The premise of ‘Think and grow rich’ has relevance regardless of age, gender or nationality. There is a secret to becoming rich, where this is explored through interviews with the leading tycoons of the era. Whilst it was based at a different time, the lessons it teaches are no less relevant today. The backstory was that one of the leading industrialists of the day, a Scotsman called Andrew Carnegie, commissioned a writer (Napoleon Hill) to conduct a series of interviews with the richest, most successful people of that age and, through that, look to tease out the commonalities to their stories. So with that, he spent two decades interviewing over five hundred of the richest, most successful people listening to their journeys to uncover the secret.
With this, he sets out a roadmap that, in principle, anyone can follow if they desire to become wealthy, using case studies to justify each step. Given the number of interviews he did, the book is rich in examples, and although the names are from another era, they are all ones we are familiar with. Ford, Barnes & Edison, Charles Schwab and more. As a result, in each chapter, he outlines key lessons for people to learn and explains each in full, where some of the points are more obvious than others. For example, the importance of ambition, knowledge or planning. However, it is chapter nine that stands out, which examines the importance of persistence. Take the following extract as an example:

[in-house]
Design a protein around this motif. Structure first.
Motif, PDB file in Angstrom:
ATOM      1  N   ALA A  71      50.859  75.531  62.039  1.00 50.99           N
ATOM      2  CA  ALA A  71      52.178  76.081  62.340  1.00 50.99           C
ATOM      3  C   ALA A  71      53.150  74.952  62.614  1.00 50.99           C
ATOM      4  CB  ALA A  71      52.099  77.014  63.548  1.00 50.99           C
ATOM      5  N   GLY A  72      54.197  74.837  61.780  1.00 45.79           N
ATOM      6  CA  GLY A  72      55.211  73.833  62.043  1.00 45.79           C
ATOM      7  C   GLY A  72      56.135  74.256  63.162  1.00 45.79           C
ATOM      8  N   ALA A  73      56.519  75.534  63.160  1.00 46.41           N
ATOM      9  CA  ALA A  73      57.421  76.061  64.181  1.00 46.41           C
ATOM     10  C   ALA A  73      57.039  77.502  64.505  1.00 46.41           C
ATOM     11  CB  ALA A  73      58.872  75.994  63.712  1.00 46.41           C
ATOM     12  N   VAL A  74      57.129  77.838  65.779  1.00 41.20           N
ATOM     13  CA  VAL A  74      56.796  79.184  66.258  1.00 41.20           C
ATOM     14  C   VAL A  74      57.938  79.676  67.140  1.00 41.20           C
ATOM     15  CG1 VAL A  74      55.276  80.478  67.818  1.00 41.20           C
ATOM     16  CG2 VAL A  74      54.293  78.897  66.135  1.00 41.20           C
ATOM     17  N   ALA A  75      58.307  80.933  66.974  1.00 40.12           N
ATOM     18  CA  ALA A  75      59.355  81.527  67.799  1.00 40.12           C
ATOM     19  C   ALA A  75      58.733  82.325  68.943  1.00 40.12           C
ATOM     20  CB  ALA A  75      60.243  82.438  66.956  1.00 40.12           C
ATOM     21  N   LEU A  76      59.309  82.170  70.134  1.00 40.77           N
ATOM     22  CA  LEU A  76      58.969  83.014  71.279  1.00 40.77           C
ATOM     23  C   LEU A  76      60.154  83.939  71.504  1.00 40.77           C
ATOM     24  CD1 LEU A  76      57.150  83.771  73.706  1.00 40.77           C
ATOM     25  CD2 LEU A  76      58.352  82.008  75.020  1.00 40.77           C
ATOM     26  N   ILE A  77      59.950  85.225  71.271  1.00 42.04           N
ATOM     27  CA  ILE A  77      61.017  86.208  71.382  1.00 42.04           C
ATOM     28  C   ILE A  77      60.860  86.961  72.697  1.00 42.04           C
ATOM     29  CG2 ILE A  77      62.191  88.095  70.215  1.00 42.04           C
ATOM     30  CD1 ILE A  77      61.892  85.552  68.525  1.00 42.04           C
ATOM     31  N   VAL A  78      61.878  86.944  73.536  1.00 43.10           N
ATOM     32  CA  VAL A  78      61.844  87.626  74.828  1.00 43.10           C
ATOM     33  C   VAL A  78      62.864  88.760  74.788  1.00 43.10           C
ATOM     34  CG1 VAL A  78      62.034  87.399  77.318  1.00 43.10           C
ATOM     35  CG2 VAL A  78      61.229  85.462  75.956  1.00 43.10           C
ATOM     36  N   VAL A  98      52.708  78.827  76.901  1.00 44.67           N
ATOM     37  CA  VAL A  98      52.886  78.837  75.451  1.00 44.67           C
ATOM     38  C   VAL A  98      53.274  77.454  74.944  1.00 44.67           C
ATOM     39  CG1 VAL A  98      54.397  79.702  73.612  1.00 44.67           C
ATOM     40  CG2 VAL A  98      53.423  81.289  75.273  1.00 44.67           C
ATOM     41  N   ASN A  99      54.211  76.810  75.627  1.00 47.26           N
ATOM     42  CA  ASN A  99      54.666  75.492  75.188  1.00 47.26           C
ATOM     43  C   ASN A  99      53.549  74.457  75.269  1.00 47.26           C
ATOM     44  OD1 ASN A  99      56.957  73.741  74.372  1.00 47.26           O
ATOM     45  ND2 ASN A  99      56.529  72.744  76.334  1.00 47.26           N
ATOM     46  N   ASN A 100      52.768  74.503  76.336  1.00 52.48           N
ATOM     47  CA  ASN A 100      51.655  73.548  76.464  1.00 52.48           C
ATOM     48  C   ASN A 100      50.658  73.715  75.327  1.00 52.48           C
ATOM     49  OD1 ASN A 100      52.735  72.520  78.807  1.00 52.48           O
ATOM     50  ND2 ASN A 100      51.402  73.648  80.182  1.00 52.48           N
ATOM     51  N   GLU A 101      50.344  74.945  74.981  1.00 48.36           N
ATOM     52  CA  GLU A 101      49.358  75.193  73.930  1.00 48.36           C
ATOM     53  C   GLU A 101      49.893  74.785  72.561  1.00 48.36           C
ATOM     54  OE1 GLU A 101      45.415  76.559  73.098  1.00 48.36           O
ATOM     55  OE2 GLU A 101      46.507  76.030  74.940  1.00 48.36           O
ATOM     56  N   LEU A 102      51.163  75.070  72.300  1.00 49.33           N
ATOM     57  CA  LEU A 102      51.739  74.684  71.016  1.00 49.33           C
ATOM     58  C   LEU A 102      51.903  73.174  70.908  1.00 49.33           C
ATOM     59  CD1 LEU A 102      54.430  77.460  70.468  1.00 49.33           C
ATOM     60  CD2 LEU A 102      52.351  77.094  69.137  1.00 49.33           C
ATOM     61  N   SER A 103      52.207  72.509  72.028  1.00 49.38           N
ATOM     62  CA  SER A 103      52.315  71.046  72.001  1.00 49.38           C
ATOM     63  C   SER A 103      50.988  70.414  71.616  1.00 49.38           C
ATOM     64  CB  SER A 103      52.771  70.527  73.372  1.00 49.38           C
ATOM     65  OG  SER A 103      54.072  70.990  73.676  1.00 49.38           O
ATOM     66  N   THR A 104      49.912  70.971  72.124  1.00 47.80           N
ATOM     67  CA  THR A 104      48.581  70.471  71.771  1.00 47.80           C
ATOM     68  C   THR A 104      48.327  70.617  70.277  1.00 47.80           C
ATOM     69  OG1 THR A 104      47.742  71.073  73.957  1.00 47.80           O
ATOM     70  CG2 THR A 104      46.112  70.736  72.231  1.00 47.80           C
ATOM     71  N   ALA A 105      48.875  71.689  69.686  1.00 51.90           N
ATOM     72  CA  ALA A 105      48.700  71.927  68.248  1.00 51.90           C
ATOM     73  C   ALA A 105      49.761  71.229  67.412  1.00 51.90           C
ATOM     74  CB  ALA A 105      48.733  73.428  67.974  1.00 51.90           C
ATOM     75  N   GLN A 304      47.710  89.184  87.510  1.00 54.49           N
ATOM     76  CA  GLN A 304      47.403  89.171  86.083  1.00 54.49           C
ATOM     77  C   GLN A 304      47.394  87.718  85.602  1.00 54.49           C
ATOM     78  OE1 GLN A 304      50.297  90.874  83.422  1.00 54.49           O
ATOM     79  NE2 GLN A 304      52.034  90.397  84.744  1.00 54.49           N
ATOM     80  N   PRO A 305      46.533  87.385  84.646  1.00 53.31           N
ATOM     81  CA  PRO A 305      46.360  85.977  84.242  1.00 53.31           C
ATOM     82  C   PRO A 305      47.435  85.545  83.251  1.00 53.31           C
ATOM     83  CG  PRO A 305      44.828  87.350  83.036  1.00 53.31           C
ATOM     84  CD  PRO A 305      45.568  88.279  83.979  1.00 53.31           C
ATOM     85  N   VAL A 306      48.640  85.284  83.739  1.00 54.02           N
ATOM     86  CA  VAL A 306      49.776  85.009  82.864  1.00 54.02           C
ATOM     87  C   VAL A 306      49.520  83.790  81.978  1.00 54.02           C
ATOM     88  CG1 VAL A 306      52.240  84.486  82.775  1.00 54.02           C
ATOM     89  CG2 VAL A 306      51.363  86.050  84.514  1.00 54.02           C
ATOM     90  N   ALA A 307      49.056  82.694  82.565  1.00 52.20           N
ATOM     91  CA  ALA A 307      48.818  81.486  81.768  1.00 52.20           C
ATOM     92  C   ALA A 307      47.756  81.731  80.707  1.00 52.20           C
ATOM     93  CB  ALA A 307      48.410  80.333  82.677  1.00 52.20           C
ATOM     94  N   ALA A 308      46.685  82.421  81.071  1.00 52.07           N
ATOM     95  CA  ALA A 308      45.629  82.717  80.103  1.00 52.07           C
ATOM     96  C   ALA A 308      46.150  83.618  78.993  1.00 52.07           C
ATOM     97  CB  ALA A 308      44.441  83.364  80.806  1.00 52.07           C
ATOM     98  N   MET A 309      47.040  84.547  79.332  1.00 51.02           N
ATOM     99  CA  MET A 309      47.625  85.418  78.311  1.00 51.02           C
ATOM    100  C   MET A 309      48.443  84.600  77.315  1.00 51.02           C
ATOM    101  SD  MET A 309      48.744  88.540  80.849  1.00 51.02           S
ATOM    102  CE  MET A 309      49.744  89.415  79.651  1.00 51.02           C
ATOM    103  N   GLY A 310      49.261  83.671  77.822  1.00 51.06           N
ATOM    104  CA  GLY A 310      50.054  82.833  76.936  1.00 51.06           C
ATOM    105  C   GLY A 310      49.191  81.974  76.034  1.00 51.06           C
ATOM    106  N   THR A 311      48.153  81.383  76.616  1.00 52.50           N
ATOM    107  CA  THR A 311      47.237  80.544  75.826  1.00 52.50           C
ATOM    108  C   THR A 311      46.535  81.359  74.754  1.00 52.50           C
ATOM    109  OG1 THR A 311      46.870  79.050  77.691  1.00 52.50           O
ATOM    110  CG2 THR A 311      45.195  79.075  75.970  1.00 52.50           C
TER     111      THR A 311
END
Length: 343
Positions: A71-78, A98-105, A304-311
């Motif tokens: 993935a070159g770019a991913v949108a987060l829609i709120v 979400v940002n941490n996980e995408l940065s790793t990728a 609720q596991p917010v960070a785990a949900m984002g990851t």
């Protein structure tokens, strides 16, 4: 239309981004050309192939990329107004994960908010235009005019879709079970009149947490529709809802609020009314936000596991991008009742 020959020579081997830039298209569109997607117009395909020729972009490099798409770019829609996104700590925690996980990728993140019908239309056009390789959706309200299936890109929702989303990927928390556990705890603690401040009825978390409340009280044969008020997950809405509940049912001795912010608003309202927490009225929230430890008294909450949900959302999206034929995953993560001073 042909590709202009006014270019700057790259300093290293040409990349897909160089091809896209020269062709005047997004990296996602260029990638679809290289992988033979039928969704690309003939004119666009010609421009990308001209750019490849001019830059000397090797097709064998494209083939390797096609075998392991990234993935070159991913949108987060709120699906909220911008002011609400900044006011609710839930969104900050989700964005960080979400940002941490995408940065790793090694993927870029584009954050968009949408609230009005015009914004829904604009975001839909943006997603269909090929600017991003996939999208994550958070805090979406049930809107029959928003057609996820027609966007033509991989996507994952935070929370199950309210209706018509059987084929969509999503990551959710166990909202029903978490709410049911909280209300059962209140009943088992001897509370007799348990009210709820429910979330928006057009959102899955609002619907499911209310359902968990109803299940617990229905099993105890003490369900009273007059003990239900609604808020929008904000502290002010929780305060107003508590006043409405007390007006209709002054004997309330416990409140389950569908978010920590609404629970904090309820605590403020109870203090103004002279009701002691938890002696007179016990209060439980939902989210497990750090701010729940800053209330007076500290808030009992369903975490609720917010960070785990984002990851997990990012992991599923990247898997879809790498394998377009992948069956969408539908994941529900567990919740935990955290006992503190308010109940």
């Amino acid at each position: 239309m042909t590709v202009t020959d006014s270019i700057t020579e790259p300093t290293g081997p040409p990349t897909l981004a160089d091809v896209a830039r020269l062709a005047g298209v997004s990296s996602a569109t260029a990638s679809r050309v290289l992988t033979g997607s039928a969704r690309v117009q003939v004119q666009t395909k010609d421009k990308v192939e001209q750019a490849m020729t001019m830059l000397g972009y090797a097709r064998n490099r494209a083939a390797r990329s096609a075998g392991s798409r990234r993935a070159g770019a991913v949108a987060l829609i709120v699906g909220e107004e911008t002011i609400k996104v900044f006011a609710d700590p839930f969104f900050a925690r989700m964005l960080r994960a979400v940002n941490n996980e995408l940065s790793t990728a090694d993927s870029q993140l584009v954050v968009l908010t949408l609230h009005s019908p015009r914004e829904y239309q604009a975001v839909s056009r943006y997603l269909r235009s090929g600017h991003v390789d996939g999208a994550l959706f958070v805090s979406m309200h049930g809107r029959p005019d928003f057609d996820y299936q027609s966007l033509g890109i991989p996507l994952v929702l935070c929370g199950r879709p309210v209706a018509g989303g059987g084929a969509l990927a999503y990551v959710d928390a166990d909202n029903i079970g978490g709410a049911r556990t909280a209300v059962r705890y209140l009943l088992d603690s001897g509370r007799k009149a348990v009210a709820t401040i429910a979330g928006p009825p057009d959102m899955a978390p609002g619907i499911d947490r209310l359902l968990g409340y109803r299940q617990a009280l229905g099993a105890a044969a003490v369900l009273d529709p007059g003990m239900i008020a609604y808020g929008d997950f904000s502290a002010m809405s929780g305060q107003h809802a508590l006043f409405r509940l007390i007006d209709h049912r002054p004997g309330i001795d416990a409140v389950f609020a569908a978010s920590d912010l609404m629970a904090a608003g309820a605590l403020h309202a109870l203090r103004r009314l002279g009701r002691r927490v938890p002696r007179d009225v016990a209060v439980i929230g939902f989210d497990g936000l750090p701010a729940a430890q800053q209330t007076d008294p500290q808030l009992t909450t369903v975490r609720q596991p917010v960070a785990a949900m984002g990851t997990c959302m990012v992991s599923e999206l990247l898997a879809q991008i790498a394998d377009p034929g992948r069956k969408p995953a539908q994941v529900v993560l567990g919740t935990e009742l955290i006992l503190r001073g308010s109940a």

“Symptons of Lack of Persistence
Here you will find the real enemies which stand between you and noteworthy achievement. Here you will find not only the symptons indicating weakness of persistence, but also the deeply seated subconscious causes of this weakness. Study the list carefully, and face yourself squarely if you really wish to know who you are, and what you are capable of doing.”
He then lists the key weaknesses that must be mastered by all who accumulate riches, along with the steps you can take to develop persistence. Indeed, what makes the book unique is how the author understands that what prevents us from being successful isn’t necessarily a lack of ideas or vision, but ourselves and our inner demons, where whole segments of the book are dedicated to overcoming these. On that point, with many such books, the key insights are learned early on, but this is one where the best is saved for last, as in the final chapter, he gives us the lessons for overcoming fear, where he starts by defining the types of fears we have and their effect on us before proceeding to outline the philosophy for conquering them.
Factor this book can be tough reading, in part because stylistically it was written for a different generation and era, where because it is written so differently to equivalent books of today, it can be quite jarring. Nonetheless, don’t let that put you off if I list a top ten books for entrepreneurs, business managers and executives to read and re-read again. This would be on it.